04362 AIRCRAFT: #41-28688 (NO NICKNAME) “Q-Bar” 18th Mission: Pilot : 2Lt Travis W Griffin
Returning crew members (Lts. Sabourin, Filkel, and Weinheimer) gave the following eye-witness account of this aircrew loss: At approximately 1330 hours, the Griffin plane left the formation before reaching the target with 2 engines out, reported to be due to mechanical failure. The plane was under control but losing altitude gradually and was headed in the general direction of Switzerland escorted by 3 x P-47’s. German Report #KU1603, 25 April 1944, Airbase Command A7NII, Freiburg, reported the crash of this Liberator at 1347 hours, (12) kilometers southwest of Freudenstadt near Schappach, Schwarzwald (Black Forest) with 8 crew members being captured in same vicinity and 2 others found dead.
Later after repatriation from POW status, Sgt. Kelly was interrogated by the Intelligence Section at Selfridge Field, Michigan (a l/Lt. Roeder) and the crewmember gave this account of their mission mishap: That due to mechanical failures of three engines, #2, #1 and #3 in that order, their plane was unable to hold bomber formation position or altitude which resulted in all members abandoning ship over Freiburg, Germany. All crewmen successfully bailed out including the two deceased members. Sgt. Bryant’s chute was observed as open, but Sgt Gallup was not seen after he left the aircraft. This report was the only one available from any crewmember made after war’s end. The German on-scene report noted that the captured members were sent on to Dulag-Luft, Oberursel on 26 April 1944 for interrogation processing. (Note: No indication further was given on the possibility of the engine failures being caused possibly by enemy actions, or perhaps, contributing fuel management problems) For more information on the mission check this page on b24.net
Wendling is now a Turkey farm, but the buildings and traces of the 392nd Bombardment Group remain. More information on the http://www.airfieldinformationexchange.org/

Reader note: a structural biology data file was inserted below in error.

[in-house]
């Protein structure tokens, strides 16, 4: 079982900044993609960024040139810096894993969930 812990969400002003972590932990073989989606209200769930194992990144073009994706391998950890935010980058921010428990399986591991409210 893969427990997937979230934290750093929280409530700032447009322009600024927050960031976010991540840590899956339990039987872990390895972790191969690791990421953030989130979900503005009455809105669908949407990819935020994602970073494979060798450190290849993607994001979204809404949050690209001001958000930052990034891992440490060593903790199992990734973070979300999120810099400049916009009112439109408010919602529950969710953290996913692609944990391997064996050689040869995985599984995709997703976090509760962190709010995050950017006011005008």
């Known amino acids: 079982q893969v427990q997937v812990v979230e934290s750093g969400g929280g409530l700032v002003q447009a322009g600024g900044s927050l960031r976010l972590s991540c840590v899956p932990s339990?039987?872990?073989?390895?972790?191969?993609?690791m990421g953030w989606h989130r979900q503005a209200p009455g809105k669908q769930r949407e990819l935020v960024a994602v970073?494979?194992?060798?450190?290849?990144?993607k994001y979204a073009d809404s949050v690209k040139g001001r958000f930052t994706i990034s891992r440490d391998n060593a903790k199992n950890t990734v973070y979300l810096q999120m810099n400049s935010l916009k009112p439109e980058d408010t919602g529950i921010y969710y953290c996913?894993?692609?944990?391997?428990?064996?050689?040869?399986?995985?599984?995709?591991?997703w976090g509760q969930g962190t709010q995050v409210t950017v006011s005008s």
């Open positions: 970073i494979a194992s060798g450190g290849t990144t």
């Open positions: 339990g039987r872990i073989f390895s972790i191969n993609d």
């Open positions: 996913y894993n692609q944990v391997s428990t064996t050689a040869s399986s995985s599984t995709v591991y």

Here is a thought. The most important battle to take place on St Georges Day in the British Isles is a great part of irish history, and own which might have shaped the fate of England too..
Today, 23 April 2014 is the millennium of the battle of Clontarf a key battle that shaped Irish history, and may have had implications for the British Isles.
23 April 2014 is the 1000th anniversary of the Battle of Clontarf north of Dublin between the Irish forces forces of Brian Boru, high king of Ireland, and a Viking-Irish alliance comprising the forces of Sigtrygg Silkbeard, king of Dublin, Máel Mórda mac Murchada, king of Leinster, and a Viking contingent led by Sigurd of Orkney, and Brodir of Mann. It lasted from sunrise to sunset, and ended in a rout of the Viking and Leinster forces. Brian was killed in the course of the battle, as were his son Murchad, and his grandson Toirdelbach. After the battle, the Vikings of Dublin were reduced to a secondary power. Brian’s family was temporarily eclipsed, and there was no undisputed high king of Ireland until the late 12th century. There is a lot more on the battle of Clontarf on wikipedia and the official Clontarf web site.
There is the same media focus on “new claims” about the battle that exists in England over Hastings. In the case of this report in the Irish Independent this case it is whether the accounts a of the battle were taken from the Iliad.
Would a Viking victory in 1014 have made a difference to the future political shape of the British Isles. Might a powerful Dublin have been an actor in the struggle for England in 1066? Could the most important event to affect English history to take place on St George’s Day have taken place in Dublin?